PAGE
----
This act transfers the Workforce Development Division and the Workforce Investment Division of the Department of Economic and Community Affairs (ADECA) to the Department of Commerce.  It also reorganizes the Department of Commerce into two divisions: the Business Development Division and the Workforce Development Division.  Additionally, the act creates a 22 member Alabama Small Business Commission and at least a nine member Alabama Small Business Advisory Committee—which will have county representation.

    Many counties work closely with ADECA on a variety of community projects including workforce development. The Association encourages county officials to speak with contacts at ADECA to see if this act might impact any projects that are currently underway.

    This act went into immediate effect upon signage by Governor Robert Bentley on June 6, 2015. The transfers set out in the act will be fully operable no later than October 1, 2016.


    Distribution of Petroleum Products
    Act No. 2015-54 (SB 133 by Sen. Tom Whatley)

    This act transfers the administrative obligations and collection of inspection fees duties on gasoline, dyed diesel fuel, dyed kerosene, and lubricating oil from the Department of Agriculture to the Department of Revenue.  The act does not alter the current distribution of the inspection fee proceeds, therefore the bill should not provide for a significant increase in gasoline tax revenues at the county level. However, it does alter the expenditure restrictions on this revenue by providing that the funds will now be deposited in each county’s RRR Fund and expended as those funds can be expended under the law.

    While certain technical portions of this act will go into effect on or prior to October 1, 2015; most provisions of this act will not go into effect until October 1, 2016.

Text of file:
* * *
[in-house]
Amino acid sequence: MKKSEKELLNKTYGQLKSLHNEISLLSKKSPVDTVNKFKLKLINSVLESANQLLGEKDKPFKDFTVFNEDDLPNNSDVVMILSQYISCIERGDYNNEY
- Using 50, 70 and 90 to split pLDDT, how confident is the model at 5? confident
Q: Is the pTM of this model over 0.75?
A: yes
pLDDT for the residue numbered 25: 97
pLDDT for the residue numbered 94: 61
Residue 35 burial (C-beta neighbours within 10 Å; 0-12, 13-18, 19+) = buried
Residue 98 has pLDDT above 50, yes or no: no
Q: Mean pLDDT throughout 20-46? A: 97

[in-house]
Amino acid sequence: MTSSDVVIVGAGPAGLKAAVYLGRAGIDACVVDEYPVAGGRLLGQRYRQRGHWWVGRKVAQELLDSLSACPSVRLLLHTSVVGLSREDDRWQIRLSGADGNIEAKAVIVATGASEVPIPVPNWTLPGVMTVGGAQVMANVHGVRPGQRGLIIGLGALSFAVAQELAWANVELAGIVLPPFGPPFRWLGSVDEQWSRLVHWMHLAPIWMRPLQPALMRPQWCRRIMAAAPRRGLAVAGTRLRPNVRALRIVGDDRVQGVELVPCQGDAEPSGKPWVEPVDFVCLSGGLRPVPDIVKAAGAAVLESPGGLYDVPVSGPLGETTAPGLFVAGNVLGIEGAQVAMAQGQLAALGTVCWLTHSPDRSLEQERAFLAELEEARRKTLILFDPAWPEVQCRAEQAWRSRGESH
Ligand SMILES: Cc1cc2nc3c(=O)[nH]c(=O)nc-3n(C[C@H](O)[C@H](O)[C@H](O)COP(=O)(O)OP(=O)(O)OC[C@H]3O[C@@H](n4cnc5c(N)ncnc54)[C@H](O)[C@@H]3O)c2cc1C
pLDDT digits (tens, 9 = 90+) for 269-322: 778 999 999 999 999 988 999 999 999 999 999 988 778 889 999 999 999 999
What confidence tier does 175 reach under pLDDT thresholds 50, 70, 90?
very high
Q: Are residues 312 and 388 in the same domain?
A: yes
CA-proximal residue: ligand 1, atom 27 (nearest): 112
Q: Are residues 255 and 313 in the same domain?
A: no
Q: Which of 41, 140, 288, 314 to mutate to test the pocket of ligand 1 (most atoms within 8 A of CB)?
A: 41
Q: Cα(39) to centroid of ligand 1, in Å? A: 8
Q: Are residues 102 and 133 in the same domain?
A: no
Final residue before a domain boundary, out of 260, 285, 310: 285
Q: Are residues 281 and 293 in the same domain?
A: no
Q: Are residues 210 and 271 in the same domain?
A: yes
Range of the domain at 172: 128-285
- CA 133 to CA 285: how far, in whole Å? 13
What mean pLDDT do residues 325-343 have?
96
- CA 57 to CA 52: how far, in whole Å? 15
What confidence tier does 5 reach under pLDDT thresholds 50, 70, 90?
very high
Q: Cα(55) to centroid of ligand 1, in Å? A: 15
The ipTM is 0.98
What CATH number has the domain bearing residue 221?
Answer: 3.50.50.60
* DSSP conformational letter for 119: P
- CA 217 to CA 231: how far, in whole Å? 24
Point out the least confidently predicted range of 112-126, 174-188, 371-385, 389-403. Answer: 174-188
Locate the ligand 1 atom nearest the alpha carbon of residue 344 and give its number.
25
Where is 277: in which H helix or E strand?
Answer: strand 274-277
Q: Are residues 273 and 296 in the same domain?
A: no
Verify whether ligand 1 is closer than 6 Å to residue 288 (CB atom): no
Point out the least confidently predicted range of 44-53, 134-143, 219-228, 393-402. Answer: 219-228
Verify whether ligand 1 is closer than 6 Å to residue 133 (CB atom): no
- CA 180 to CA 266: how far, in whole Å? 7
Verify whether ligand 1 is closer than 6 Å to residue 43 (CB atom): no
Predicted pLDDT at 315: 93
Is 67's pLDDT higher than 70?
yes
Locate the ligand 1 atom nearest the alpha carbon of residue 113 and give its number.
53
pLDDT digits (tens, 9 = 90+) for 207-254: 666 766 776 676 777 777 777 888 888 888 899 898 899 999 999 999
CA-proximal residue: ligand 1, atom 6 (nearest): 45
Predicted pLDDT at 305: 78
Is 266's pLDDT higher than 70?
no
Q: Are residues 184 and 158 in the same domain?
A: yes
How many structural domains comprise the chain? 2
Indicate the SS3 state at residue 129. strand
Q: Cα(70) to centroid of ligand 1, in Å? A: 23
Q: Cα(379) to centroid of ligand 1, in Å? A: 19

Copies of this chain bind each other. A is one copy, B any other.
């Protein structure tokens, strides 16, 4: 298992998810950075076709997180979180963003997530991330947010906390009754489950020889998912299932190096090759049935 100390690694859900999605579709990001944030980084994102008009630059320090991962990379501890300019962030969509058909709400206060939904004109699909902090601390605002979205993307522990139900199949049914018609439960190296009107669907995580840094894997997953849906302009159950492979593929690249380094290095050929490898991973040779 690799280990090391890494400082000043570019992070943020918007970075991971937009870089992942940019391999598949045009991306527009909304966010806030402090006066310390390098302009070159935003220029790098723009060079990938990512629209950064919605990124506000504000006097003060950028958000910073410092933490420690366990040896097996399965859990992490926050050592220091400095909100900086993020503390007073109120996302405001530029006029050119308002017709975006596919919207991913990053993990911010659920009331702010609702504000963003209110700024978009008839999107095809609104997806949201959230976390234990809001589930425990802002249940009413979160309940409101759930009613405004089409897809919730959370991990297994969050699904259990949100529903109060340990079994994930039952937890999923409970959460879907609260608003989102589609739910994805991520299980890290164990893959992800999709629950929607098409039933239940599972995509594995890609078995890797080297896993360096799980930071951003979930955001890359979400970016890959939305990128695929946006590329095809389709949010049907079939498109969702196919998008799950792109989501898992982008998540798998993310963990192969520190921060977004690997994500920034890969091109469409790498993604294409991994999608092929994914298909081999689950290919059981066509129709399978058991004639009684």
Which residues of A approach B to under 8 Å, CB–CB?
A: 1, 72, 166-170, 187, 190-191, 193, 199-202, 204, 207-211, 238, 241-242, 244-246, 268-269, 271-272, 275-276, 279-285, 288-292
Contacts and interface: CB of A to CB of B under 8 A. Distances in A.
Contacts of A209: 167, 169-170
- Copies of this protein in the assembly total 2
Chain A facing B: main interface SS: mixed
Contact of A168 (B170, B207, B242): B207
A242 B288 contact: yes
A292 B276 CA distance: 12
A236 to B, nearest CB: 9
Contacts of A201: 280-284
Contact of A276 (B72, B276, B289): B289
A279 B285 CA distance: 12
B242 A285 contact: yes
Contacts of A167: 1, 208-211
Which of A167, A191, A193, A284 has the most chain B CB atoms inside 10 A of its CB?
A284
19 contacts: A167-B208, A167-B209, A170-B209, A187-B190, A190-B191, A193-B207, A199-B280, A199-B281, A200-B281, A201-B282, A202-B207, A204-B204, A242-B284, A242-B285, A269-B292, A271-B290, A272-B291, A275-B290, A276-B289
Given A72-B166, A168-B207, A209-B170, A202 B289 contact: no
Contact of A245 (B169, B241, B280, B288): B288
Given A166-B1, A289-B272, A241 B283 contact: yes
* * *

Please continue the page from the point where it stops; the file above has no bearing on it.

Alabama Presidential Primary Date
    Act No. 2015-239 (SB 240 by Sen. Quinton Ross)

    This act moves the date of primary elections during Presidential election years to the first Tuesday in March, beginning in the 2016 election.  This legislation will affect all county officials on the ballot in 2016 because it will move the deadline for qualifying back to 116 days prior to the date of the primary election on March 1, 2016.


    Purging Voter Lists
    Act No. 2015-367 (HB 323 by Rep. Randy Davis)

    This act aims to ensure that the computerized statewide voter registration list is regularly maintained and updated by creating a procedure for county boards of registrars to investigate the death or non-residency of a registered voter and a process for family members or certain government officials to provide the board of registrars with a written report outlining why he or she believes a person is deceased or a nonresident. The county board of registrars will then investigate those claims under procedures set out in the new law.

    This bill goes into effect on October 3, 2015.


    Elderly and Disabled Voters
    Act No. 2015-288 (HB 41 by Rep. David Standridge)

    This act requires election officials to allow mobility-disabled voters and voters over the age of 70 to move to the front of the line at polling locations, if requested. It also requires election officials to post public notices at each polling location alerting voters of this allowance.

    This act goes into effect on August 1, 2015.



    Axle Spacing Requirements
    Act No. 2015-325 (SB 458 by Sen. Trip Pittman)

    This act grants an exemption allowing asphalt delivery trucks within 50 miles of their home base to exceed the maximum axle weight.  Concrete trucks enjoy this exemption today.  The ACCA staff expressed concern about the bill and secured an amendment allowing the axle exemption to apply only if the truck does not exceed the gross weight.

    This act goes into effect on September 1, 2015.


    Farm Tags
    Act No. 2015-499 (HB 217 by Rep. Alan Boothe)

    In its final form, this new law allows farmers to purchase up to four reduced-price tags for truck tractors. Current law allows only one such lower-priced tag per farmer.  As amended by the Senate, the bill establishes a definition of ‘farmer’ and specifically excludes the reduced rate tags on trucks and trailers used ‘for hire’.  While the Association did not remove its objections to the passage of the bill in its final form, the staff did not actively oppose the measure after the Senate amendments were attached.

    The measure has only a nominal financial impact on the state and counties. However, the passage of this kind of legislation, during a year when the State is seeking to avoid a budget collapse, is another example of why Alabama desperately needs a comprehensive policy on tax exemptions.

    This act went into immediate effect when it was signed by Governor Bentley on June 12, 2015.